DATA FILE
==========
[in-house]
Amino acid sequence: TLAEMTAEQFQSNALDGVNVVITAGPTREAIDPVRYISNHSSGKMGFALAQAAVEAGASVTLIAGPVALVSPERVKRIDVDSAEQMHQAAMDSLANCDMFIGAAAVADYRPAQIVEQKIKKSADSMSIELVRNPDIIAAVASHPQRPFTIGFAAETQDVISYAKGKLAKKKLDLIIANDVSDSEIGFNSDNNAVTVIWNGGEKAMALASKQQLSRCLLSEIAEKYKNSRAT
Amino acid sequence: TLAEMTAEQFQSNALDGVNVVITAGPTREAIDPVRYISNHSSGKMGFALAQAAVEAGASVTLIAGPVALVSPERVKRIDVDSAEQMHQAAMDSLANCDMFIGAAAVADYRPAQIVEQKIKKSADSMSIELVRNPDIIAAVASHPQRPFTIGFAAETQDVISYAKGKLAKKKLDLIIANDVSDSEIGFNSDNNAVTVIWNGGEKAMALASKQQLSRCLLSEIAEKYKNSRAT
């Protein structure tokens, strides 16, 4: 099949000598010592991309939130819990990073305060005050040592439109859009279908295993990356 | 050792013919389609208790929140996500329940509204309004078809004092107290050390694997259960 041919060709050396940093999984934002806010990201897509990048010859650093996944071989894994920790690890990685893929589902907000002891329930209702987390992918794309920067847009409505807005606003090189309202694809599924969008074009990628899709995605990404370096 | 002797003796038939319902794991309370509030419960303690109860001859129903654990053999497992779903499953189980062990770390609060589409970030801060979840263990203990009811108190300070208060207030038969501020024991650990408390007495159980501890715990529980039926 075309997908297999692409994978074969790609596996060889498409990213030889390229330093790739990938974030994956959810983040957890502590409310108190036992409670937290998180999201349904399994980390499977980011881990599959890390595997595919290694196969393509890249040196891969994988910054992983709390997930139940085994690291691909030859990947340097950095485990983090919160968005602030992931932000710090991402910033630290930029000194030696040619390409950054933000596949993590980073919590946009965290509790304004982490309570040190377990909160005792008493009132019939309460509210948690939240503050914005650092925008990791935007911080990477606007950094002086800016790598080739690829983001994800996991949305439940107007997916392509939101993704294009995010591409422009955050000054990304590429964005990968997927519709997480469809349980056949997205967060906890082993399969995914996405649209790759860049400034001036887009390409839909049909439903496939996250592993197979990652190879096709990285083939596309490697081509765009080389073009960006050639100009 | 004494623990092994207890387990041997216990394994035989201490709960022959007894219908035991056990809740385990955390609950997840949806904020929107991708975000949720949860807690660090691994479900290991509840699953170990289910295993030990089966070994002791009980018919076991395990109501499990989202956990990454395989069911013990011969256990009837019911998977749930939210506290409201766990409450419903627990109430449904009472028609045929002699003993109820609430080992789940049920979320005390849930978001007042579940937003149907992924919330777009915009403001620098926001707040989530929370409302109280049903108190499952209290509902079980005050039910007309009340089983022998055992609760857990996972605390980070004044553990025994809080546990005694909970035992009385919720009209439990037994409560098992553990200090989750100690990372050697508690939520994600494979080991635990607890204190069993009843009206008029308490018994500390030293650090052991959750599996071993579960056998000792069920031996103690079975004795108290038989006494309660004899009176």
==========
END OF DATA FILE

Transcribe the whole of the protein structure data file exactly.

[in-house]
Amino acid sequence: TLAEMTAEQFQSNALDGVNVVITAGPTREAIDPVRYISNHSSGKMGFALAQAAVEAGASVTLIAGPVALVSPERVKRIDVDSAEQMHQAAMDSLANCDMFIGAAAVADYRPAQIVEQKIKKSADSMSIELVRNPDIIAAVASHPQRPFTIGFAAETQDVISYAKGKLAKKKLDLIIANDVSDSEIGFNSDNNAVTVIWNGGEKAMALASKQQLSRCLLSEIAEKYKNSRAT
Amino acid sequence: TLAEMTAEQFQSNALDGVNVVITAGPTREAIDPVRYISNHSSGKMGFALAQAAVEAGASVTLIAGPVALVSPERVKRIDVDSAEQMHQAAMDSLANCDMFIGAAAVADYRPAQIVEQKIKKSADSMSIELVRNPDIIAAVASHPQRPFTIGFAAETQDVISYAKGKLAKKKLDLIIANDVSDSEIGFNSDNNAVTVIWNGGEKAMALASKQQLSRCLLSEIAEKYKNSRAT
């Protein structure tokens, strides 16, 4: 099949000598010592991309939130819990990073305060005050040592439109859009279908295993990356 | 050792013919389609208790929140996500329940509204309004078809004092107290050390694997259960 041919060709050396940093999984934002806010990201897509990048010859650093996944071989894994920790690890990685893929589902907000002891329930209702987390992918794309920067847009409505807005606003090189309202694809599924969008074009990628899709995605990404370096 | 002797003796038939319902794991309370509030419960303690109860001859129903654990053999497992779903499953189980062990770390609060589409970030801060979840263990203990009811108190300070208060207030038969501020024991650990408390007495159980501890715990529980039926 075309997908297999692409994978074969790609596996060889498409990213030889390229330093790739990938974030994956959810983040957890502590409310108190036992409670937290998180999201349904399994980390499977980011881990599959890390595997595919290694196969393509890249040196891969994988910054992983709390997930139940085994690291691909030859990947340097950095485990983090919160968005602030992931932000710090991402910033630290930029000194030696040619390409950054933000596949993590980073919590946009965290509790304004982490309570040190377990909160005792008493009132019939309460509210948690939240503050914005650092925008990791935007911080990477606007950094002086800016790598080739690829983001994800996991949305439940107007997916392509939101993704294009995010591409422009955050000054990304590429964005990968997927519709997480469809349980056949997205967060906890082993399969995914996405649209790759860049400034001036887009390409839909049909439903496939996250592993197979990652190879096709990285083939596309490697081509765009080389073009960006050639100009 | 004494623990092994207890387990041997216990394994035989201490709960022959007894219908035991056990809740385990955390609950997840949806904020929107991708975000949720949860807690660090691994479900290991509840699953170990289910295993030990089966070994002791009980018919076991395990109501499990989202956990990454395989069911013990011969256990009837019911998977749930939210506290409201766990409450419903627990109430449904009472028609045929002699003993109820609430080992789940049920979320005390849930978001007042579940937003149907992924919330777009915009403001620098926001707040989530929370409302109280049903108190499952209290509902079980005050039910007309009340089983022998055992609760857990996972605390980070004044553990025994809080546990005694909970035992009385919720009209439990037994409560098992553990200090989750100690990372050697508690939520994600494979080991635990607890204190069993009843009206008029308490018994500390030293650090052991959750599996071993579960056998000792069920031996103690079975004795108290038989006494309660004899009176």